Middle-east Arab News Opinion | Asharq Al-awsat

Hopes and Greetings | ASHARQ AL-AWSAT English Archive 2005 -2017
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One cannot view or analyze the recent tragic events in Bahrain-that would have led to greater disasters were it not for divine intervention, and then the timely intervention of security forces to bury the civil strife-without considering the volatile sectarian situation in the region. The incidents in Bahrain, despite being blamed on the political opposition, have a strong sectarian flavor. An extremist group is one that has fallen into the trap of abhorrent sectarianism, driven by militant leaders, who manipulate both religious texts and civilians.

Extremism is something that is not limited to religions, doctrines or sects; this is well known and something that can be seen around the world. Every religion, doctrine and sect suffers from extremists and radicals, who raise their voices, conceal the light of justice with their ignorance, and deny tolerance towards others, spreading fear and harm among the population. Therefore, the rational and balanced voices amongst the Jafari sect should be commended, as should their opinions and statements that call for coming together, rather than separation, particularly with regards to the manner in which the Companions and Wives of the Prophet are dealt with.

During the month of Ramadan, I followed with great interest, the series “Straight Talk After al-Taraweeh” on Al-Mustakillah TV which was broadcast from London and presented by the brilliant Tunisian, Dr. Mohamed al-Hashimi. This series dealt with the issue of Sunni and Shiite rapprochement, and featured figures such as Lebanese Shiite and Jafari scholar Sayyed Ali Al-Amin, and Bahraini al-Azhar researcher who specializes in the relationship between Ahl al-Bayt [family of the Prophet] and the Prophet’s Companions, Sheikh Hassan al-Hussaini. These two scholars refuted contentious issues with their knowledge and wisdom, putting forwards arguments and evidence. They showed that many [controversial] issues have no basis in the Quran or Sunnah, or even the teachings of Imam Ali, and therefore it is not possible to accept that those who do not believe in these baseless teachings are not true Muslims. This was an extremely important, in-depth, and meaningful series. I am certain that Ali al-Amin, with the wise and courageous positions he put forward during this program, has drawn a line in the sand for the Jafari sect in the Arab world, beginning a new history and realizing it from the Iranian hegemony that has existed since Khomeini took power. This does not represent [al-Amin] endorsing Khomeini’s opponents, but rather bringing to light many of the wise opinions and references put forward by Arab Jafari clerics in Iraq and Lebanon.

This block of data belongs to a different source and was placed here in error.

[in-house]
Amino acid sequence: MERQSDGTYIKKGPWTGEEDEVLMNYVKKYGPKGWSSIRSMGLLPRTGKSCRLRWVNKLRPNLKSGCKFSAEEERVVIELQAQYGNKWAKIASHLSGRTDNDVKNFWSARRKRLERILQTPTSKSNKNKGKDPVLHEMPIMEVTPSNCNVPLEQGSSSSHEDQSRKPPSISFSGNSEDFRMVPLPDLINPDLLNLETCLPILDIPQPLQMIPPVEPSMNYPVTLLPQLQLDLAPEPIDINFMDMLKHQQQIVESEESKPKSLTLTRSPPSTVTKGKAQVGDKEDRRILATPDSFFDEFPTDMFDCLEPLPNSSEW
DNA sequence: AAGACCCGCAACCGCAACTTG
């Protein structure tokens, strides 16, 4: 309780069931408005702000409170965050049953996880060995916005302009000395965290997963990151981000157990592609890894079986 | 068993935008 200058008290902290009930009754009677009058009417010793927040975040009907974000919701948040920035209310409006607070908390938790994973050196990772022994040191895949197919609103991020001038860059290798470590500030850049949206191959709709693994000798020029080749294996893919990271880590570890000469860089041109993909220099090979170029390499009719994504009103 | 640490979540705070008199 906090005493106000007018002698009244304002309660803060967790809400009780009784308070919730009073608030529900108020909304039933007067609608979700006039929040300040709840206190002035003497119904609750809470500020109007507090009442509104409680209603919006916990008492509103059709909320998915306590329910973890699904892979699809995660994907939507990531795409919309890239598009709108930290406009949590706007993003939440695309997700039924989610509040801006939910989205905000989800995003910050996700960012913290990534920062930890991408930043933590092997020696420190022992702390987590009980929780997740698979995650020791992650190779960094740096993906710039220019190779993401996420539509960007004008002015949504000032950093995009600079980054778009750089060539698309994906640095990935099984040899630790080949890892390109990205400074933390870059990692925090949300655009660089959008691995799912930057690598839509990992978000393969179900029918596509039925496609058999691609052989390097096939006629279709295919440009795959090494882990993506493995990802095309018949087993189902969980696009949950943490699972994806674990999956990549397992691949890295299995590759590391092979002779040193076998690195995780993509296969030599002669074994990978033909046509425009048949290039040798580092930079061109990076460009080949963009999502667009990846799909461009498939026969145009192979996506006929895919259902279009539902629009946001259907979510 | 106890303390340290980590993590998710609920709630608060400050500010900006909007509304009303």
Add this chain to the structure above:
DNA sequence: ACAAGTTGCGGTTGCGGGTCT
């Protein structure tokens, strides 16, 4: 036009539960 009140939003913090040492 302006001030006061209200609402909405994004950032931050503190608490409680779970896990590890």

The episodes that were presented during Ramadan discussed a number of important topics in a daring but scholarly manner, and even resulted in senior Shiite cleric Grand Ayatollah Ali Sistani being forced to clarify the issue of takfir [act of declaring another an apostate or infidel] on his official website. Other serious and significant issues were also addressed, demonstrating that interaction amongst rational people is a positive thing. Only a few days after two Shiite sheikhs came out to criticize and insult Sayyidah Aisha [Prophet’s wife] and the Prophet’s Companions at a gathering of Shiites in London, Saudi Jafari Sheikh, Hassan al-Saffar issued a fiery sermon rejecting and denouncing this. This was a position that was later taken up by Saudi Sheikh Hassan al-Nimr, who also rejected what had taken place in London.

These kinds of rational sermons [denouncing insults to Ahl al-Bayt and the Prophet’s Companions] should support the Jafari doctrine being viewed as an Islamic doctrine, rather than an Islamic sect. The Jafari sect is a judicial doctrine that was put forward by Imam Ja’far al-Sadiq, who himself taught the first Sunni Imam Abu Hanifa [from which the Hanifa doctrine gains its name] for a period of two years. During this period the two men [who would go on to set up conflicting Islamic doctrines] worked together side by side with mutual respect and dignity. This is how things were in the past, yet today the different [doctrinal] parties deal with one another through incitement, violence, and ignorance.

Therefore I welcome all the sane and rational voices that want to eliminate ignorance, extremism, hatred, militancy, prejudice and intolerance. There is no group that can say it is innocent of this, and no group has the right to claim that it is the only group that is right. This is a costly and arrogant attitude. It is dangerous to open the door to temptation, and we should make every effort to prevent this.